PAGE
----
IJERPH, Vol. 18, Pages 10152: A Systemic Review of the Impact of Wildfires on Sleep Disturbances
International Journal of Environmental Research and Public Health doi: 10.3390/ijerph181910152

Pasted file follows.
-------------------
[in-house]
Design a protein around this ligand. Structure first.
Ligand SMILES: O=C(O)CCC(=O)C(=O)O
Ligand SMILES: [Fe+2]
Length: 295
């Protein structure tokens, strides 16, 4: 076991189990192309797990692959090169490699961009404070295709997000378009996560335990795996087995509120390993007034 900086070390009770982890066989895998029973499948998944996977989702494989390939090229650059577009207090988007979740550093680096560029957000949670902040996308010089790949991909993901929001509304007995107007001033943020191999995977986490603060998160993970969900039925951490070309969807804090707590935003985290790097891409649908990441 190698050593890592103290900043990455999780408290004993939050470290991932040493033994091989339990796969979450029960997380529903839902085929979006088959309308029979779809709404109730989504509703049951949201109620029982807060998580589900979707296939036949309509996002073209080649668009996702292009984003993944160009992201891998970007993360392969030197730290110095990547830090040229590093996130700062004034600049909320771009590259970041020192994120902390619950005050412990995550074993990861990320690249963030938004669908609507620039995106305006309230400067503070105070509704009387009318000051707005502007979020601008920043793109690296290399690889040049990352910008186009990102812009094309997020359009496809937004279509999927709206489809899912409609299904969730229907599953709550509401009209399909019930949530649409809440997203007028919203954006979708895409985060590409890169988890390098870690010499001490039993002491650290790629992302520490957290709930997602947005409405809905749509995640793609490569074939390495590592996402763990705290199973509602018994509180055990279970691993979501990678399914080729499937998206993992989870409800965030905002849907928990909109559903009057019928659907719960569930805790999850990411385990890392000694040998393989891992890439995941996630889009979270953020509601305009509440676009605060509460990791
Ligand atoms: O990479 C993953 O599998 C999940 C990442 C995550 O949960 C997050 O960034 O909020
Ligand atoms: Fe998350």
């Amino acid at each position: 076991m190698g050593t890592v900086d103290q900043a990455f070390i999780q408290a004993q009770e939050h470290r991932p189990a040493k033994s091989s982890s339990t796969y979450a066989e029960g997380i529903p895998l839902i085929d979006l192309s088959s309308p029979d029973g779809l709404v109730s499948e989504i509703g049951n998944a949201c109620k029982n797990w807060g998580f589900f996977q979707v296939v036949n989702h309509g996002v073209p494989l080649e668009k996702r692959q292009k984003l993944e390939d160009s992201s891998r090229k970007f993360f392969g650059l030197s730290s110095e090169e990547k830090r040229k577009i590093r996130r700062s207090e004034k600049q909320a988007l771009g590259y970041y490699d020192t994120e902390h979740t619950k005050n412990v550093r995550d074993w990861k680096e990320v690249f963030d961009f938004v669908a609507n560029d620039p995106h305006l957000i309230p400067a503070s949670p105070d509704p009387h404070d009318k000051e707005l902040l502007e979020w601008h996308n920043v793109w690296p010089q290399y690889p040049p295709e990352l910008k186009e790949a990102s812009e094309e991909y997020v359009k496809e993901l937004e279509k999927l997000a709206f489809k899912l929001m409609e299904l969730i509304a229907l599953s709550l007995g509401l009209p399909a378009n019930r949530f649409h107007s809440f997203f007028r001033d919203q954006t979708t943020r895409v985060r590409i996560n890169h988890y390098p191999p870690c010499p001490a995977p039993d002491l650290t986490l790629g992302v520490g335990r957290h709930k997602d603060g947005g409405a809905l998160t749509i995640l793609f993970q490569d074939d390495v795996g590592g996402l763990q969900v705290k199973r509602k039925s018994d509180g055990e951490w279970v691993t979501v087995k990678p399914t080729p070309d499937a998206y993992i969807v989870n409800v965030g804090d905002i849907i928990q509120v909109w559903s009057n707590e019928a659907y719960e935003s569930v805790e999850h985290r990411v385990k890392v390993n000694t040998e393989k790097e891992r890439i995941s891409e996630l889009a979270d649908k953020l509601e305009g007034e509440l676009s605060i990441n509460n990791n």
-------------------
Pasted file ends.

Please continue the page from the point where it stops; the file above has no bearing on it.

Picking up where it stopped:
Wildfires present a serious risk to humans as well as to the environment. Wildfires cause loss of lives, economic losses, expose people to personal as well as collective trauma, and compromise the mental health of survivors. Sleep disturbances are highly prevalent following a traumatic event; however, their prevalence is not well established amongst those confronted by natural disasters such as wildfires. The aim of this systematic review is to synthesise the empirical findings pertaining to wildfires and the prevalence of sleep disturbances in the general community affected by this natural disaster. We searched EBSCO, PsychINFO, Medline, SpringerLink, CINAHL Complete, EMBASE, PubMed, Scopus and Cochrane Library between January 2012 and March 2021. Five studies met the inclusion criteria. Findings from this systematic review suggest that sleep disturbances, assessed one to ten months following the fires, are highly prevalent in wildfire survivors, with insomnia (ranging between 63–72.5%) and nightmares (ranging between 33.3–46.5%), being the most prevalent sleep disturbances reported in this cohort. Results also highlight the significant associations between sleep disturbances and post-traumatic symptoms following the trauma of wildfires. There is a possible link between sleep disturbance prevalence, severity of, and proximity to fires.
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